This happens all too often in the auto industry. For marketing purposes, customer information and vehicle data is imported into a CRM from a DMS, or many times obtained from outside third party resources. Sometimes the information is duplicated, errors occur between software platforms due to different data structures, multiple entries are created, and of course, sometimes, humans make mistakes with their data entry. You can probably count dozens of ways that you’ve gathered customer information: in person; from the OEM; purchased marketing lists; and Internet leads are just some that come easily to mind. Data isn’t routinely scrubbed for duplication or errors. With the numerous software applications being used, it isn’t hard to see how in one instance, one person may be viewed as a valuable prospective new customer, and then in an instant becomes a long-time “VIP” customer
A customer database is a gold mine and should be treated as such. Have you ever taken the time to evaluate how you assign customer ID numbers to your service files? Duplications and old outdated information is the norm, not the exception in most dealerships today. Every dealership would be wise to make a concerted effort to go through their customer database, update phone numbers, emails, remove duplicate entries, and ensure that the data is correct. How many times has your store sent out a service reminder to an individual that no longer has the vehicle? Without accurate data, how can you correctly target your customers and prospects? Customer attrition will surely accelerate if you make the mistake my associate’s dealership did of targeting the same customer with different messages, offering a higher price for a “VIP” customer than a new customer: that’s a great way to drive away loyal customers.
It is common knowledge that it costs significantly more to attract and obtain new customers than it does to retain current ones. With little or no profit in the discounted oil change, it is fair to assume the dealership hopes to sell additional services to the customer when they first visit, as well as capture their future business. However, what is surprising is that, like many other companies, this dealership appears to be focusing the majority of their efforts on customer acquisition, instead of customer retention.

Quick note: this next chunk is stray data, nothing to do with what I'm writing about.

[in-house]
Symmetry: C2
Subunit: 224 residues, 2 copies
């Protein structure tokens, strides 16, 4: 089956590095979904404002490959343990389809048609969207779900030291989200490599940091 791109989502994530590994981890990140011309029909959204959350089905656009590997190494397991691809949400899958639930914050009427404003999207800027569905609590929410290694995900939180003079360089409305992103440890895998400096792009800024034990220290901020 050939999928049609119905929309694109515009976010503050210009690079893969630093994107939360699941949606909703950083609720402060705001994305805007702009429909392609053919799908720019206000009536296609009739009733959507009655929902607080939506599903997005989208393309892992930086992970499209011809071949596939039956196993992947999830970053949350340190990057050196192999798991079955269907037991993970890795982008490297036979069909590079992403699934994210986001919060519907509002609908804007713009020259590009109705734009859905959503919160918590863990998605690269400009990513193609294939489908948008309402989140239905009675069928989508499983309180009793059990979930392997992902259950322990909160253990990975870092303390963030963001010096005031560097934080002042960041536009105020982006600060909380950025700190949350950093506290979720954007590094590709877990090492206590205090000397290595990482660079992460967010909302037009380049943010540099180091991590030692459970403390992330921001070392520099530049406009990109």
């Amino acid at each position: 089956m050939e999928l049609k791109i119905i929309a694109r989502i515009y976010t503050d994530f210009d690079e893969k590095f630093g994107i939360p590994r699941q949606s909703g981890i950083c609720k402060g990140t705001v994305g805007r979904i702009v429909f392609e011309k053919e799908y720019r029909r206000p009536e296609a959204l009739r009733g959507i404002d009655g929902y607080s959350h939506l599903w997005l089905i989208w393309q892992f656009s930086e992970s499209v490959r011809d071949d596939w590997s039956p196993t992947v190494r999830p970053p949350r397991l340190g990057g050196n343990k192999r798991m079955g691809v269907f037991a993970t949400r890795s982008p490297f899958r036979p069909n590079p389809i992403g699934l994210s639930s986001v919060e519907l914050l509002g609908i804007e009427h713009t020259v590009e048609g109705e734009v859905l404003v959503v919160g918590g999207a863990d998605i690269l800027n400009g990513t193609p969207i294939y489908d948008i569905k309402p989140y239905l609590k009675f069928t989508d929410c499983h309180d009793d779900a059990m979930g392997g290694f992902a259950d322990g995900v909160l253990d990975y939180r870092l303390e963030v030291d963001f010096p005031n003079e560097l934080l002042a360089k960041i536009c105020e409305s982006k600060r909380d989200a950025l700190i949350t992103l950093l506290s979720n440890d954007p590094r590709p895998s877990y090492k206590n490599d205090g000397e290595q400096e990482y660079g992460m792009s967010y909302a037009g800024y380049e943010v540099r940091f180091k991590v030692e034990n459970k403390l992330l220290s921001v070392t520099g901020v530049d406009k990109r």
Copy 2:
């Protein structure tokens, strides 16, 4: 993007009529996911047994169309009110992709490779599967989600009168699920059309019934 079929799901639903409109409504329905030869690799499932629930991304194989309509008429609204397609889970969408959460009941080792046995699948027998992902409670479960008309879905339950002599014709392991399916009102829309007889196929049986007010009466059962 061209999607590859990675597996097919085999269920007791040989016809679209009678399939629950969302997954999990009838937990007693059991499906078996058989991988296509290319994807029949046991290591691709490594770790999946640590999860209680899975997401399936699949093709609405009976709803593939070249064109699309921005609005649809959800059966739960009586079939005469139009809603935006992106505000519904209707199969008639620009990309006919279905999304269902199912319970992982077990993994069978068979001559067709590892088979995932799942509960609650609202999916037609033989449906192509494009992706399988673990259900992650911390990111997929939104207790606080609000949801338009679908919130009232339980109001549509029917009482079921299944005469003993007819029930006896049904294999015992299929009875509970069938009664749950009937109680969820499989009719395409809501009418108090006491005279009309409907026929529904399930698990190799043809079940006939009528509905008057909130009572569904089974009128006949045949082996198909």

Looking at the volume of car dealers that use newspaper ads and television commercials to deliver sales offers, the audience is clearly directed to acquiring new customers instead of delivering messages to their existing customer base. While acquisition is always a necessity in order for businesses to grow, the marketing efforts used are often out of proportion to the energies, resources and potential returns on maintaining existing customers.
The marketsoft.com article shared a research study by Harris Interactive, which found that “only 38% of businesses are primarily focused on repeat customers for revenue growth, while nearly half (49%) are still focused on new customers.” Assuming these numbers hold true with car dealerships, as they do with other businesses, it comes as no surprise that the dealership my associate has used for years is trying to capture new business by luring him in with a service special. However, the dealership is actually shooting itself in the foot by sending him both offers so he can see how little value he has as a regular, loyal customer.
It’s important to have an ongoing effort of eliminating multiple customer files and ensuring that the data you have is accurate. Investing in the resources to review and clean your data can pay off immediately. It enables your dealership to generate the correct marketing pieces to each precisely targeted segment of prospective customers. It can also save you from the embarrassment of sending lowball customer acquisition offers to customers who don’t qualify for the offer. This then leads to better customer loyalty, a rise in customer retention and a lessening of customer attrition.
It sounds backwards, at first, but when was the last time you asked your customers for a complaint or some constructive criticism? If you’re like most dealerships, you’re doing everything you can to avoid complaints and negative reviews. In the past, you may have even ignored customers that voiced a complaint. However, in today’s world of instant feedback and review sites, it’s key to understand the importance of taking care of your customers. Failing to listen to them could damage your reputation. This is why many dealerships survey their customer via e-mail within 24-48 hours of purchase or vehicle service.